A Market with a Social Purpose
When we think about markets we might think about greed, rapaciousness, the exploitation of position, the inequalities of outcomes, subjection of the public good to private gain and all the other ways of summarising everything that is wrong with market based economies.
This blog looks at one archetype of a market; one that would have been immediately recognizable to Adam Smith in the 18th century. It describes the case of a contemporary central London street market. It provides an example of a market organized to fulfil a social purpose.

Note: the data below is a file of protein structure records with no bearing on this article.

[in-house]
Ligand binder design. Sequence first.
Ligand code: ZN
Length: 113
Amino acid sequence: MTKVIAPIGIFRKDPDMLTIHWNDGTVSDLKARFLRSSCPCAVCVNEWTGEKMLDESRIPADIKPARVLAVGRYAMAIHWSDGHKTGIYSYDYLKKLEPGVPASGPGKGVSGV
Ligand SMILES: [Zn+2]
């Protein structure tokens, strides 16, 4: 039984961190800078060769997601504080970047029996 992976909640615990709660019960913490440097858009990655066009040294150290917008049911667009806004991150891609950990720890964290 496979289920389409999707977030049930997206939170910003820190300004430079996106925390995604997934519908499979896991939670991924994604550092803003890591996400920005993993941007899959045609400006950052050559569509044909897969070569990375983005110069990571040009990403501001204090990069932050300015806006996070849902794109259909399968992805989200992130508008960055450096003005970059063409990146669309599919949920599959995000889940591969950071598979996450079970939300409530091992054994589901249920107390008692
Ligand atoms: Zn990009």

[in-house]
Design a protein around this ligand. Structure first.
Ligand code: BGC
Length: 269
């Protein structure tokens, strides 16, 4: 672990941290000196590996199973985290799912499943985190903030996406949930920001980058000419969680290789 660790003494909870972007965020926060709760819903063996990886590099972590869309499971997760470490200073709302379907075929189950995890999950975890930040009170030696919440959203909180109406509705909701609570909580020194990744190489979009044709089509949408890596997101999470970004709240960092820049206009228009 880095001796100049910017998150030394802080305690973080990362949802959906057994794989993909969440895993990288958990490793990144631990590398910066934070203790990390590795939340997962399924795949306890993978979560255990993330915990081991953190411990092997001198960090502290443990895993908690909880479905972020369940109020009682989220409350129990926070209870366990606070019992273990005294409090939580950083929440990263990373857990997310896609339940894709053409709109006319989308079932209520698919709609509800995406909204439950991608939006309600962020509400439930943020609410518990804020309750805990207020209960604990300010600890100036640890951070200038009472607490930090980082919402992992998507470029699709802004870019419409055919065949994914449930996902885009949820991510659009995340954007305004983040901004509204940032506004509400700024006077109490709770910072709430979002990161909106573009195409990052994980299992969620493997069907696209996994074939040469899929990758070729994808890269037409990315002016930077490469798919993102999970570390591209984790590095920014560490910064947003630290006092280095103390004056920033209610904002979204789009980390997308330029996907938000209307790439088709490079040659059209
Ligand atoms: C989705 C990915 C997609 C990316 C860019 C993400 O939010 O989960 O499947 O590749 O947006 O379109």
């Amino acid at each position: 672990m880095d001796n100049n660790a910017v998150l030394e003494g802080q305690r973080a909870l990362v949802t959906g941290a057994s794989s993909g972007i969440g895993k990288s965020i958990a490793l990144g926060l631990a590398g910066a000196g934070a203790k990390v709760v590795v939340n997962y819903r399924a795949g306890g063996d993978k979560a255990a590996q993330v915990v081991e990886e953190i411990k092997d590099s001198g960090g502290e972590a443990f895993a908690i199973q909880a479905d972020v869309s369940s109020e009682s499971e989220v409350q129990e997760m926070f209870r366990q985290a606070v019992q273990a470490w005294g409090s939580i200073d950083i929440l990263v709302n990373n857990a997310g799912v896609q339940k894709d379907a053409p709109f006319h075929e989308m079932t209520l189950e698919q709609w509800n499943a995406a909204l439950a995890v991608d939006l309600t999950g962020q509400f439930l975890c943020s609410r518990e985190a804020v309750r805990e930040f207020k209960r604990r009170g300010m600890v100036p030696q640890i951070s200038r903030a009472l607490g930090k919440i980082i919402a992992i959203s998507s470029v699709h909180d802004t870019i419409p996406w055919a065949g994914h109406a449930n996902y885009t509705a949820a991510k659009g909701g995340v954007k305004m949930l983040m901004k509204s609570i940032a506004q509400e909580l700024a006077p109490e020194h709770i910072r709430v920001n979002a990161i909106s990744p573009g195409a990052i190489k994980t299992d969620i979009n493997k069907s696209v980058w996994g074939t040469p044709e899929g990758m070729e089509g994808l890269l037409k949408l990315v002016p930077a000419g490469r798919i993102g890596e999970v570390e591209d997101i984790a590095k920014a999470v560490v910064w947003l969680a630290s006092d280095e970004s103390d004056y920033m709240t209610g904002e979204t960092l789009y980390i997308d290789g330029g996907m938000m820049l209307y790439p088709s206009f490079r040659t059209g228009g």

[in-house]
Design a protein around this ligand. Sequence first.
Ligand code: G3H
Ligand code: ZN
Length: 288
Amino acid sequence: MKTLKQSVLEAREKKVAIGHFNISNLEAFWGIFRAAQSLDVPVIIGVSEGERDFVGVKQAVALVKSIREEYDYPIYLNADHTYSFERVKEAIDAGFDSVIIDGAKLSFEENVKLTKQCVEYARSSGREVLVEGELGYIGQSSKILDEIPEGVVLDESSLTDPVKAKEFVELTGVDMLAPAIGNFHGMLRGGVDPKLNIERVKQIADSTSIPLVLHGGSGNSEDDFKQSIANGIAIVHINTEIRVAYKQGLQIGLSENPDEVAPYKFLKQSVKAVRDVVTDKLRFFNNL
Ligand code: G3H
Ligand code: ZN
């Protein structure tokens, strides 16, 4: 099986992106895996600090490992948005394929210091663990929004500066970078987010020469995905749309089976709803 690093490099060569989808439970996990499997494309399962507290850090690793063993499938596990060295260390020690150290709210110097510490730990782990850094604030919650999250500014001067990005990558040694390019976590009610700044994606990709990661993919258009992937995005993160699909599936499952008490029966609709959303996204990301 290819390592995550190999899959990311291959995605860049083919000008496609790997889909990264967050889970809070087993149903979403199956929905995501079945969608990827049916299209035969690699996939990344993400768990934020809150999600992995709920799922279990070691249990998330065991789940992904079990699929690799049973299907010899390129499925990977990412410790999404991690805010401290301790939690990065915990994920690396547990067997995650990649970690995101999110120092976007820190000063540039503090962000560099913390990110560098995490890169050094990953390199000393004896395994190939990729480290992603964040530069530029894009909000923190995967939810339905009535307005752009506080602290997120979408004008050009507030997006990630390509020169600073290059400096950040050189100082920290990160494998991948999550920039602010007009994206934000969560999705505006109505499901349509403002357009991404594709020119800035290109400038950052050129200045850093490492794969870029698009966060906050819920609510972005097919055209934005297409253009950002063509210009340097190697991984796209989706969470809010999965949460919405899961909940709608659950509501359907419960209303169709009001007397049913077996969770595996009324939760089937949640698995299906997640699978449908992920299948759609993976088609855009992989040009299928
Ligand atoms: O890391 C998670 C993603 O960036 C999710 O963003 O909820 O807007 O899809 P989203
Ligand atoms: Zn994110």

This blog looks at the recipe for how a market with a social purpose is cooked up.
Photo by Timon Studler on Unsplash
In her novel Romola (1863) George Eliot (Mary Anne Evans) depicts four kinds of ethical behaviour: the reasoned, the self-interested, the emotive and the instinctual. They represent styles we can still recognize today.
In today’s diversified and divided societies we face a problem in trying to reach a consensus on all public policy choices where values are important.
George Eliot’s four models of the way different people approach ethical questions illustrate the problems involved in trying to find a pathway through our differences.
The application of this model to today's world suggests that President Trump will likely not be re-elected.